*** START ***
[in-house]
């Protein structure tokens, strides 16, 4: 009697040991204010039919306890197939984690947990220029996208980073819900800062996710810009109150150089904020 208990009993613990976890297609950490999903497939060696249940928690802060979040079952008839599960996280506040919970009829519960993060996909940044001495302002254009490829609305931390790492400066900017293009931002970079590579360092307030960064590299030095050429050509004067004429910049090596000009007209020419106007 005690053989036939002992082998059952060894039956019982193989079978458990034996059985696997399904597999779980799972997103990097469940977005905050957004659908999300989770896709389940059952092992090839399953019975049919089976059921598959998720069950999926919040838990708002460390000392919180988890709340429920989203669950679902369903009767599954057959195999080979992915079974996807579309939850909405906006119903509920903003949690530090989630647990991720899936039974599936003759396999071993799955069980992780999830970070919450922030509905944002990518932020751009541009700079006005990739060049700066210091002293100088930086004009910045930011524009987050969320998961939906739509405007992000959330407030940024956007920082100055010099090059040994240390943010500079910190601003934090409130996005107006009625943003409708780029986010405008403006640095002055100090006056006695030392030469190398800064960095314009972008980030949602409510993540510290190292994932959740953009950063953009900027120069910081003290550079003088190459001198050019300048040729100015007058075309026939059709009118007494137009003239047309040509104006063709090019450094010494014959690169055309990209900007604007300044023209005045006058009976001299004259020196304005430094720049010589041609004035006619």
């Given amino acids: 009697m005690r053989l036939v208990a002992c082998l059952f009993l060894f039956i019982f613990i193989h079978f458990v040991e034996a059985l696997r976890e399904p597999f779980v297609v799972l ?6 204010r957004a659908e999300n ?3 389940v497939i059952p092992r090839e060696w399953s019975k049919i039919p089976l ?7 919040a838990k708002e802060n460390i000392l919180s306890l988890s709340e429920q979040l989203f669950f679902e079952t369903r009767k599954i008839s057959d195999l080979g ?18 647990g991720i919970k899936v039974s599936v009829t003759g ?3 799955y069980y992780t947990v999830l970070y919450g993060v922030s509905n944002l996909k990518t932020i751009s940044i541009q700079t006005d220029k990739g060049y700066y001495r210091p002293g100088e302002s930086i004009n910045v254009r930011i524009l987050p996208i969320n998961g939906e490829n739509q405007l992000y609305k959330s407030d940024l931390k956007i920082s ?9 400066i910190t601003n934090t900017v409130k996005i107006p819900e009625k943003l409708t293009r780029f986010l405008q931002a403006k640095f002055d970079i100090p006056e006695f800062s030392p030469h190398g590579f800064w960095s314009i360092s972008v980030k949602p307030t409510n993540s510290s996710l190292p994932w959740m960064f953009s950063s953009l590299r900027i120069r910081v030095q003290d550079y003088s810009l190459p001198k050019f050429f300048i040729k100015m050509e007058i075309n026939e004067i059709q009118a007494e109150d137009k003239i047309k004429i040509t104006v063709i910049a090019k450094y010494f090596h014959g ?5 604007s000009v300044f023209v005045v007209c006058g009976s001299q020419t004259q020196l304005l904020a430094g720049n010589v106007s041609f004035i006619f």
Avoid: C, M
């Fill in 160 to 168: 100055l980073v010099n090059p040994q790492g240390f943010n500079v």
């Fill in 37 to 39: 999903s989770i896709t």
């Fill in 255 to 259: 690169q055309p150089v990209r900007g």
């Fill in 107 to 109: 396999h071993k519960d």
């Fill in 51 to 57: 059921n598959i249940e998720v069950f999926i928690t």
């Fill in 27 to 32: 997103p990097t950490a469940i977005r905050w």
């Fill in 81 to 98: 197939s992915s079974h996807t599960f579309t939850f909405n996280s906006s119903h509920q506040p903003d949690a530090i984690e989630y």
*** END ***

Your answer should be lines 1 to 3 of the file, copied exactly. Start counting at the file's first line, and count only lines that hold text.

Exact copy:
[in-house]
């Protein structure tokens, strides 16, 4: 009697040991204010039919306890197939984690947990220029996208980073819900800062996710810009109150150089904020 208990009993613990976890297609950490999903497939060696249940928690802060979040079952008839599960996280506040919970009829519960993060996909940044001495302002254009490829609305931390790492400066900017293009931002970079590579360092307030960064590299030095050429050509004067004429910049090596000009007209020419106007 005690053989036939002992082998059952060894039956019982193989079978458990034996059985696997399904597999779980799972997103990097469940977005905050957004659908999300989770896709389940059952092992090839399953019975049919089976059921598959998720069950999926919040838990708002460390000392919180988890709340429920989203669950679902369903009767599954057959195999080979992915079974996807579309939850909405906006119903509920903003949690530090989630647990991720899936039974599936003759396999071993799955069980992780999830970070919450922030509905944002990518932020751009541009700079006005990739060049700066210091002293100088930086004009910045930011524009987050969320998961939906739509405007992000959330407030940024956007920082100055010099090059040994240390943010500079910190601003934090409130996005107006009625943003409708780029986010405008403006640095002055100090006056006695030392030469190398800064960095314009972008980030949602409510993540510290190292994932959740953009950063953009900027120069910081003290550079003088190459001198050019300048040729100015007058075309026939059709009118007494137009003239047309040509104006063709090019450094010494014959690169055309990209900007604007300044023209005045006058009976001299004259020196304005430094720049010589041609004035006619």
């Given amino acids: 009697m005690r053989l036939v208990a002992c082998l059952f009993l060894f039956i019982f613990i193989h079978f458990v040991e034996a059985l696997r976890e399904p597999f779980v297609v799972l ?6 204010r957004a659908e999300n ?3 389940v497939i059952p092992r090839e060696w399953s019975k049919i039919p089976l ?7 919040a838990k708002e802060n460390i000392l919180s306890l988890s709340e429920q979040l989203f669950f679902e079952t369903r009767k599954i008839s057959d195999l080979g ?18 647990g991720i919970k899936v039974s599936v009829t003759g ?3 799955y069980y992780t947990v999830l970070y919450g993060v922030s509905n944002l996909k990518t932020i751009s940044i541009q700079t006005d220029k990739g060049y700066y001495r210091p002293g100088e302002s930086i004009n910045v254009r930011i524009l987050p996208i969320n998961g939906e490829n739509q405007l992000y609305k959330s407030d940024l931390k956007i920082s ?9 400066i910190t601003n934090t900017v409130k996005i107006p819900e009625k943003l409708t293009r780029f986010l405008q931002a403006k640095f002055d970079i100090p006056e006695f800062s030392p030469h190398g590579f800064w960095s314009i360092s972008v980030k949602p307030t409510n993540s510290s996710l190292p994932w959740m960064f953009s950063s953009l590299r900027i120069r910081v030095q003290d550079y003088s810009l190459p001198k050019f050429f300048i040729k100015m050509e007058i075309n026939e004067i059709q009118a007494e109150d137009k003239i047309k004429i040509t104006v063709i910049a090019k450094y010494f090596h014959g ?5 604007s000009v300044f023209v005045v007209c006058g009976s001299q020419t004259q020196l304005l904020a430094g720049n010589v106007s041609f004035i006619f």